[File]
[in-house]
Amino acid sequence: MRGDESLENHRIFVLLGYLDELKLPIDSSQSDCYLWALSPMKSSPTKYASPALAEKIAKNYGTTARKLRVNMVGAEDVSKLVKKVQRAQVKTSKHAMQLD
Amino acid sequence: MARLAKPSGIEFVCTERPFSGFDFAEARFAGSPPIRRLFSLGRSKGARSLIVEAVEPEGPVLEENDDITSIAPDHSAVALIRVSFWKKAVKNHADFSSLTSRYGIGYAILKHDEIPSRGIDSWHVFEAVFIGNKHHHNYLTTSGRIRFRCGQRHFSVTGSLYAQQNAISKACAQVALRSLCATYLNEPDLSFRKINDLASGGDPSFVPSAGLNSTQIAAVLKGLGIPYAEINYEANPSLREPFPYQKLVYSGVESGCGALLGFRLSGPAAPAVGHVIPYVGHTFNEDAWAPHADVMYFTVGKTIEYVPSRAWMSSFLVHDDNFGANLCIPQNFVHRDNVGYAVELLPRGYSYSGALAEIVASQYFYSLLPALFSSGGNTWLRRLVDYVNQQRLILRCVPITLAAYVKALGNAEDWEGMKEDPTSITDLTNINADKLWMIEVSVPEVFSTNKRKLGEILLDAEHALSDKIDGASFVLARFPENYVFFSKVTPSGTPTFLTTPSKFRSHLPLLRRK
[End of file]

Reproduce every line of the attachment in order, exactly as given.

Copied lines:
[in-house]
Amino acid sequence: MRGDESLENHRIFVLLGYLDELKLPIDSSQSDCYLWALSPMKSSPTKYASPALAEKIAKNYGTTARKLRVNMVGAEDVSKLVKKVQRAQVKTSKHAMQLD
Amino acid sequence: MARLAKPSGIEFVCTERPFSGFDFAEARFAGSPPIRRLFSLGRSKGARSLIVEAVEPEGPVLEENDDITSIAPDHSAVALIRVSFWKKAVKNHADFSSLTSRYGIGYAILKHDEIPSRGIDSWHVFEAVFIGNKHHHNYLTTSGRIRFRCGQRHFSVTGSLYAQQNAISKACAQVALRSLCATYLNEPDLSFRKINDLASGGDPSFVPSAGLNSTQIAAVLKGLGIPYAEINYEANPSLREPFPYQKLVYSGVESGCGALLGFRLSGPAAPAVGHVIPYVGHTFNEDAWAPHADVMYFTVGKTIEYVPSRAWMSSFLVHDDNFGANLCIPQNFVHRDNVGYAVELLPRGYSYSGALAEIVASQYFYSLLPALFSSGGNTWLRRLVDYVNQQRLILRCVPITLAAYVKALGNAEDWEGMKEDPTSITDLTNINADKLWMIEVSVPEVFSTNKRKLGEILLDAEHALSDKIDGASFVLARFPENYVFFSKVTPSGTPTFLTTPSKFRSHLPLLRRK